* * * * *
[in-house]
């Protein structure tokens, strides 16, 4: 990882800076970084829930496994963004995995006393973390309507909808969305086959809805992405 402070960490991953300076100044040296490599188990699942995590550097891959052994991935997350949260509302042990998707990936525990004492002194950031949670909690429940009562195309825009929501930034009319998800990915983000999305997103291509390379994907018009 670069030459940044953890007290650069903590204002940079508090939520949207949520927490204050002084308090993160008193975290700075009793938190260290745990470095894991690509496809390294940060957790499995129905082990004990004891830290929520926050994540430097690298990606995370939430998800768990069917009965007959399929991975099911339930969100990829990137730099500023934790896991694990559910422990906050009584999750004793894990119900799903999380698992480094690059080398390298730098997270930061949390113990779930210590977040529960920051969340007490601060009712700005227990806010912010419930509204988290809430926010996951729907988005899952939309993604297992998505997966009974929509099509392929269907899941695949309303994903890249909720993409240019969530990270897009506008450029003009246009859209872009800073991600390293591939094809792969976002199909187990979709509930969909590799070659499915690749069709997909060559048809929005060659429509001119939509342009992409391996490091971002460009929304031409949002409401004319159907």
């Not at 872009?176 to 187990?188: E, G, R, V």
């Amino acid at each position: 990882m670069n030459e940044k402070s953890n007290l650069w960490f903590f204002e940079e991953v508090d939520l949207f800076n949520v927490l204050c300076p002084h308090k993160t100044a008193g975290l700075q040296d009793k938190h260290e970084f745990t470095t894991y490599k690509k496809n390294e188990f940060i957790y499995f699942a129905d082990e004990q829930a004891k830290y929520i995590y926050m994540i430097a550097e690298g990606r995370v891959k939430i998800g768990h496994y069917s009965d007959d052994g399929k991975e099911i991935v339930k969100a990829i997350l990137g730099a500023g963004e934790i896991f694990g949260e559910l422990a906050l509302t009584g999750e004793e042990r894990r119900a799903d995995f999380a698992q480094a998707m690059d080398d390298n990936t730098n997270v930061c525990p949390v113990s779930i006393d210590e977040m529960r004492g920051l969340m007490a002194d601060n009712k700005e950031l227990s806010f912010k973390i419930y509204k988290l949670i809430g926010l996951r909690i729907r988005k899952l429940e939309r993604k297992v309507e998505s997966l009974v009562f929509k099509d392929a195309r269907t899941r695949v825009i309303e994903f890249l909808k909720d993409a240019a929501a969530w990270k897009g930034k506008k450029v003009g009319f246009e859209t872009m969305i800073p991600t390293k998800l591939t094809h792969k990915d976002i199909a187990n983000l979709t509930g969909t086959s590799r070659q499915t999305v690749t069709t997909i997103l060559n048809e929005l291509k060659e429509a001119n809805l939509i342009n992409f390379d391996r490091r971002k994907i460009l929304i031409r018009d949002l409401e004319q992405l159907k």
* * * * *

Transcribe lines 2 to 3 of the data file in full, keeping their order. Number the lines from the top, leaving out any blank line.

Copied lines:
């Protein structure tokens, strides 16, 4: 990882800076970084829930496994963004995995006393973390309507909808969305086959809805992405 402070960490991953300076100044040296490599188990699942995590550097891959052994991935997350949260509302042990998707990936525990004492002194950031949670909690429940009562195309825009929501930034009319998800990915983000999305997103291509390379994907018009 670069030459940044953890007290650069903590204002940079508090939520949207949520927490204050002084308090993160008193975290700075009793938190260290745990470095894991690509496809390294940060957790499995129905082990004990004891830290929520926050994540430097690298990606995370939430998800768990069917009965007959399929991975099911339930969100990829990137730099500023934790896991694990559910422990906050009584999750004793894990119900799903999380698992480094690059080398390298730098997270930061949390113990779930210590977040529960920051969340007490601060009712700005227990806010912010419930509204988290809430926010996951729907988005899952939309993604297992998505997966009974929509099509392929269907899941695949309303994903890249909720993409240019969530990270897009506008450029003009246009859209872009800073991600390293591939094809792969976002199909187990979709509930969909590799070659499915690749069709997909060559048809929005060659429509001119939509342009992409391996490091971002460009929304031409949002409401004319159907």
């Not at 872009?176 to 187990?188: E, G, R, V």